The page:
That’s what happened when I started researching this cake. After being given some bargain pomegranates (after my friend Emma had an incident in the Morrisons reduced veg section, not dissimilar to my ginger incident) I wanted to bake a cake that had pomegranate seeds in it. The thing is, there aren’t many cakes on the internet that have the seeds actually baked in the cake. They’re usually used as a garnish or made into a syrup and drizzled over the top.

I wanted little speckles of bright red in the cake itself. Little bursts of pomegranetty excitement. But, I did think that baking them could make the seeds disappear and just be small dots of disappoinment instead. Throwing caution to the wind, I decided that nothing was to be gained by being cautious and I was going to chuck them in anyway. I also wanted a citrus flavour with it…keeping it seasonal I decided to go with satsuma, for something a bit different to the usual orange.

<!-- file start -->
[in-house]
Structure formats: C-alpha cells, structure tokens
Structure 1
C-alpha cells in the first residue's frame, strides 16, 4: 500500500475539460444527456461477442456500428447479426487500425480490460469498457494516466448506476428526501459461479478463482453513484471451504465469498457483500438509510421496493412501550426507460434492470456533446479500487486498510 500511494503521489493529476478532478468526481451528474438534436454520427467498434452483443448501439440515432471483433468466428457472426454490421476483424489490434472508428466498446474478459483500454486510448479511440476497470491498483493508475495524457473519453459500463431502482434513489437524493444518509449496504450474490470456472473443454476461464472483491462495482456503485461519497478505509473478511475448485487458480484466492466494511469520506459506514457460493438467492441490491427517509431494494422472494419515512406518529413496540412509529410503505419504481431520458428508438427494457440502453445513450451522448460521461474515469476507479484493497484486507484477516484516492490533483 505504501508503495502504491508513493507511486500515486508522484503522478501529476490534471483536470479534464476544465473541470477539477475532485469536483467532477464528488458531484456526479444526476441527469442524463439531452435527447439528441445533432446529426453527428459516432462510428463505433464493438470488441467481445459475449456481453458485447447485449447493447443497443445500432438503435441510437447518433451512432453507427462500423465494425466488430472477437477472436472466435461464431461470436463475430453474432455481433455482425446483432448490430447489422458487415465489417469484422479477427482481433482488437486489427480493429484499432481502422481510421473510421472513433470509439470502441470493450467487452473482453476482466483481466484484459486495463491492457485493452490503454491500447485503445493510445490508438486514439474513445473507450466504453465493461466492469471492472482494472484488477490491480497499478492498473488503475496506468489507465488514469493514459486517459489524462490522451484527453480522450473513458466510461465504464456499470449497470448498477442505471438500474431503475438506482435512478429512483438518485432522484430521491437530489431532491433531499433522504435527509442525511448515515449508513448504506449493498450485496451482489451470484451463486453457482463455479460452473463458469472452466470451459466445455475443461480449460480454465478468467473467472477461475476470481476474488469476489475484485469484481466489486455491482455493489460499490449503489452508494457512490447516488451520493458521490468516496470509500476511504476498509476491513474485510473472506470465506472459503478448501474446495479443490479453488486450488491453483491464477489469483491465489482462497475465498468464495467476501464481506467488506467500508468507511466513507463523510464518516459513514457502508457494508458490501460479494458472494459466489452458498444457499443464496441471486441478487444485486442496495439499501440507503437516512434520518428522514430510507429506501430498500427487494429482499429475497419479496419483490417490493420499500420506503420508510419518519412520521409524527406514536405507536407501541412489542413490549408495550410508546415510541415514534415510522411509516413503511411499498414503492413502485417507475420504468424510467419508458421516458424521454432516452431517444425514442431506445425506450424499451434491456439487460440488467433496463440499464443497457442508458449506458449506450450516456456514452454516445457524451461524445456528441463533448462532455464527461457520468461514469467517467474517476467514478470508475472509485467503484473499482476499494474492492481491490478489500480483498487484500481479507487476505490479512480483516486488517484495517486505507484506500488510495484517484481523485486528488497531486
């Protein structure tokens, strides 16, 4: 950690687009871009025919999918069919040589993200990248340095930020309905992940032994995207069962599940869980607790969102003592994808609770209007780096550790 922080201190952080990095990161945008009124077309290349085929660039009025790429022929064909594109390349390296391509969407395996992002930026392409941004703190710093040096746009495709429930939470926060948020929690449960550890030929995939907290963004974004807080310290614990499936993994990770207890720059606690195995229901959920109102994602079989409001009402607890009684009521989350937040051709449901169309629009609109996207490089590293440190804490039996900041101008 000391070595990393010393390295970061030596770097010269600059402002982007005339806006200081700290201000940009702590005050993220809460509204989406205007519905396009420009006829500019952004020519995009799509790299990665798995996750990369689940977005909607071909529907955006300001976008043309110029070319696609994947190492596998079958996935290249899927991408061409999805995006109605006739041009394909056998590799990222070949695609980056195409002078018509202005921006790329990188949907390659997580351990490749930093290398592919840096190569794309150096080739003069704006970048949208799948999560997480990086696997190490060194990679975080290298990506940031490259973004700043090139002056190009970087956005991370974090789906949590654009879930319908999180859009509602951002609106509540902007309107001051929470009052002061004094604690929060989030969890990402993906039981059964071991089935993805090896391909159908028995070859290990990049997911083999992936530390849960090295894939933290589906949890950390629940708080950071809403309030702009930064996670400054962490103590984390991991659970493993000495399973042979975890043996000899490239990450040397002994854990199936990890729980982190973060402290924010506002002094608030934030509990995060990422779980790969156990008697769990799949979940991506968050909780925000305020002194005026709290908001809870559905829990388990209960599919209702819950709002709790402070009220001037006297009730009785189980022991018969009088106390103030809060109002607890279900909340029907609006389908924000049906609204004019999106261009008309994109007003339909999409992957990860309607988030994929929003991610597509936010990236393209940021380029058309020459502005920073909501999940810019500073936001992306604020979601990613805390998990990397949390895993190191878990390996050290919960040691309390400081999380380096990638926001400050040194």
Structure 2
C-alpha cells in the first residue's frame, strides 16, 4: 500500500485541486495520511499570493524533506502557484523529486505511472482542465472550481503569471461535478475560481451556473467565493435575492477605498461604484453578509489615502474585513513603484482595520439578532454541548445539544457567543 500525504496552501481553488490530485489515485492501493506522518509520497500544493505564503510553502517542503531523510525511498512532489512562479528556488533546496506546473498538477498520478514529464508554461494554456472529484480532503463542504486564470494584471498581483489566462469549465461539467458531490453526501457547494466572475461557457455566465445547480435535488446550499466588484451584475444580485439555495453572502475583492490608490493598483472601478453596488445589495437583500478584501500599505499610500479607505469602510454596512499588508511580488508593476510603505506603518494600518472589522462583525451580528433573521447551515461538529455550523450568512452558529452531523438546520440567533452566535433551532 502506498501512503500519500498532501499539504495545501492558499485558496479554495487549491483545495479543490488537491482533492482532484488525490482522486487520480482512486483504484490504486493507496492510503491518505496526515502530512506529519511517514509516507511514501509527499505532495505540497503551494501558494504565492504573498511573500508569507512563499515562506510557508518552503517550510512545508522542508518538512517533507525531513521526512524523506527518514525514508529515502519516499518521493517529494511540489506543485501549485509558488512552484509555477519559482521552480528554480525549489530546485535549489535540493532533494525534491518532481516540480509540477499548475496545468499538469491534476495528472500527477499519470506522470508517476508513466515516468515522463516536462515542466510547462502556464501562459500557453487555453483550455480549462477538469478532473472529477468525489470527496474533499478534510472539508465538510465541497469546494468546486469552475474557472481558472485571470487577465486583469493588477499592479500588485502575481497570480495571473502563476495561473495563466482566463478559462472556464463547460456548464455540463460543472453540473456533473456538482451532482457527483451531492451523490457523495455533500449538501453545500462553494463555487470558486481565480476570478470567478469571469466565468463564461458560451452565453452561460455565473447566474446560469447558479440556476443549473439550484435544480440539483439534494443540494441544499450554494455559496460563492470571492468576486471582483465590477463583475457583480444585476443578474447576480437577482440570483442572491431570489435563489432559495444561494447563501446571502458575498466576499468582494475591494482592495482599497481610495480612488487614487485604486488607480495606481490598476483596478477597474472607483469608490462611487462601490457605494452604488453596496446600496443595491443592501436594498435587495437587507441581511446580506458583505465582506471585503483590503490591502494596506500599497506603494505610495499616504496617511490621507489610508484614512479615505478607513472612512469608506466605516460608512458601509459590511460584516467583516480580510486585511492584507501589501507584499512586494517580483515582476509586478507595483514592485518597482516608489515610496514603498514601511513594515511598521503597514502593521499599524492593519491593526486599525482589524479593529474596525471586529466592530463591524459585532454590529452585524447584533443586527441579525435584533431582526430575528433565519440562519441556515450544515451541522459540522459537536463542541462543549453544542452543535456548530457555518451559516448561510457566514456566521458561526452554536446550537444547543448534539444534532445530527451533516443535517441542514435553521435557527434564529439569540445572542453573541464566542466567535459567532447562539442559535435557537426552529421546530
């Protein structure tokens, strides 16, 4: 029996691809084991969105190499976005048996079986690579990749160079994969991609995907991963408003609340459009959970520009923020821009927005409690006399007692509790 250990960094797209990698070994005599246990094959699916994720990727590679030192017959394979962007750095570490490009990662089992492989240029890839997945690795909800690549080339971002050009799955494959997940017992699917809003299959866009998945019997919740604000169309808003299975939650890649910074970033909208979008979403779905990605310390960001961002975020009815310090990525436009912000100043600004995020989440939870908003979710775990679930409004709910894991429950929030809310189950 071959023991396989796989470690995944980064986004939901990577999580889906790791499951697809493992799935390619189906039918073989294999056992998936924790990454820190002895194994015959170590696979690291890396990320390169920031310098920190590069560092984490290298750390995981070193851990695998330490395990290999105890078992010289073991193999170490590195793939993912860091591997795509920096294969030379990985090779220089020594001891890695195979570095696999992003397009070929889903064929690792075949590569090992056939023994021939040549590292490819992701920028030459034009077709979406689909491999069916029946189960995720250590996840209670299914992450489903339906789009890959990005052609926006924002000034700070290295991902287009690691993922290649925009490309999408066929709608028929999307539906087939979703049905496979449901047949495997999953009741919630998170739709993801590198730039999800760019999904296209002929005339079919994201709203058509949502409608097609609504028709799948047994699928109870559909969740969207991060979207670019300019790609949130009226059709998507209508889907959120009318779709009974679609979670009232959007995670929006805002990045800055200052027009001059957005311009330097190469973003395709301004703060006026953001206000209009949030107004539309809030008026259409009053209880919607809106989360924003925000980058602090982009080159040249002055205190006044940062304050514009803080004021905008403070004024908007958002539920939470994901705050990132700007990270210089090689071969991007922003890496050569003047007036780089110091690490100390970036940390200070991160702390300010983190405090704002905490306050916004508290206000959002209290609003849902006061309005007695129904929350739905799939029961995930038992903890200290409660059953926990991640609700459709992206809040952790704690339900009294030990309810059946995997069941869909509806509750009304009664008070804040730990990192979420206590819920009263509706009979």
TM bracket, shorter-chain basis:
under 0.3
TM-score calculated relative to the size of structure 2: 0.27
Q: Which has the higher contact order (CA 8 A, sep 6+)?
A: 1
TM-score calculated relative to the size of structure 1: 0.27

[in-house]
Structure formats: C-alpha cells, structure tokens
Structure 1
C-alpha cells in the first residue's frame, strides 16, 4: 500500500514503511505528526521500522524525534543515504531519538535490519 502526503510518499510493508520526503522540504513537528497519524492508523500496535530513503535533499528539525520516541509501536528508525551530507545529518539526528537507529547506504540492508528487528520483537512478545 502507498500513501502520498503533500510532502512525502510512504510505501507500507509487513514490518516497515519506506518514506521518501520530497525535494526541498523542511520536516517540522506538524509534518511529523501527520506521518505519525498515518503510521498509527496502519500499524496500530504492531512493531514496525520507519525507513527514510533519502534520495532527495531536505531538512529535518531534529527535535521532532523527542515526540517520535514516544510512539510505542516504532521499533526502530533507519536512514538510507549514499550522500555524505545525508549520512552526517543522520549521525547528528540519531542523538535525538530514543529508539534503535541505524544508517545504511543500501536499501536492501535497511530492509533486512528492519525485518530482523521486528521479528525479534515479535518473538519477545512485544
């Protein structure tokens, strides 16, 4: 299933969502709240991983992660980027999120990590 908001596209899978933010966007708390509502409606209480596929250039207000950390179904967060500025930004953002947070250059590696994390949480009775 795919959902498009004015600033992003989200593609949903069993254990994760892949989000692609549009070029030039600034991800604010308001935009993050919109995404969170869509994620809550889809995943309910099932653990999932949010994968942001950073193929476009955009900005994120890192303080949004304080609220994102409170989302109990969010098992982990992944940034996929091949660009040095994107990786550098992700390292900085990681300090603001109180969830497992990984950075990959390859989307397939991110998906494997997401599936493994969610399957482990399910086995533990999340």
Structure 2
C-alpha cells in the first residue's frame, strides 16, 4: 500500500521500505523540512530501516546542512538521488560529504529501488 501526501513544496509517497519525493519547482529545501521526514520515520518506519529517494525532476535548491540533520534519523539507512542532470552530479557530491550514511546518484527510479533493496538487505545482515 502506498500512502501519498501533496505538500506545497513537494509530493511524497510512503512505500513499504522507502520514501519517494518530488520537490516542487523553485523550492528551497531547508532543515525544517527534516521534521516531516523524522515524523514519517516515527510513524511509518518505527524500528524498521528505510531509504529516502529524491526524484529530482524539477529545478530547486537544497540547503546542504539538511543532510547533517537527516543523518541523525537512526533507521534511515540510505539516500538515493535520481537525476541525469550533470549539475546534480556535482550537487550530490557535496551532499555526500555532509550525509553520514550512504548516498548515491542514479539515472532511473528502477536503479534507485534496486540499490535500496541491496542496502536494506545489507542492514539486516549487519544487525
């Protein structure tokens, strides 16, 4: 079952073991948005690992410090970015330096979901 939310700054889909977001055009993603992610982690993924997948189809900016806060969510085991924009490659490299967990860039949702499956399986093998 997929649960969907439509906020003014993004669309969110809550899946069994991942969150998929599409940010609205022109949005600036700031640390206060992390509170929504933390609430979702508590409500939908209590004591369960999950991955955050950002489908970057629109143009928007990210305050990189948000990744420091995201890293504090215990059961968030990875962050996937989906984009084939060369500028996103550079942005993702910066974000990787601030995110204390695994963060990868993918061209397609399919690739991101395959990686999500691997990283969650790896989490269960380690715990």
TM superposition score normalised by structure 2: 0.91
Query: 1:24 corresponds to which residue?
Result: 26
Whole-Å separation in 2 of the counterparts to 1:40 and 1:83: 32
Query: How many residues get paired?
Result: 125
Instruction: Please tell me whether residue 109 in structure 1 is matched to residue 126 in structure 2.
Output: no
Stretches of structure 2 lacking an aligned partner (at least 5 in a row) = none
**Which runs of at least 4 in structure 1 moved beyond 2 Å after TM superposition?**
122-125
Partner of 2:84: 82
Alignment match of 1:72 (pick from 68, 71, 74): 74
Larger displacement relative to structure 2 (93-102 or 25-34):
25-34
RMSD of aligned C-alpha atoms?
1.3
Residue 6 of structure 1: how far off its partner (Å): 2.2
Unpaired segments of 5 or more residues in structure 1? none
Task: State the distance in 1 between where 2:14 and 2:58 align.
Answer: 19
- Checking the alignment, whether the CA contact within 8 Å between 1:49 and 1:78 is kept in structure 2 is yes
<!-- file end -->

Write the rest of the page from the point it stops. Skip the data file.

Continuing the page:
satsuma2This recipe is for a 10-12 cup bundt tin. I used the NordicWare star tin, which is one of my favourites, but this should work well with most shapes except really intricate ones. For a 6-cup bundt tin simply halve the quantities!

Use the brightest, pinkest pomegranate you can find. They can be a bit of a bugger to get the seeds out and it can take ages. I don’t find the cheffy tip of bashing works, I just quarter it and gently peel off the thin, papery skins and pop seeds out. If you want to cheat and buy the pre-packed seeds because you can’t be bothered faffing with de-seeding your own, I won’t tell anyone.

Thanks as ever to Dollybakes for her basic bundt recipe, which can be found on her smashing blog. If you’re new to bundt baking, I strongly suggest you read her starter tips and get stuck in. Everyone I know who’s caught the bundt bug follows her recipes with success.

Ingredients

  • 225g butter or margarine (I used Stork)
  • 450g caster sugar
  • 350g plain flour
  • 250ml full fat greek yoghurt
  • 4 eggs
  • 1/2 teaspoon bicarbonate of soda
  • 1/2 teaspoon salt
  • 1 teaspoon orange extract (optional)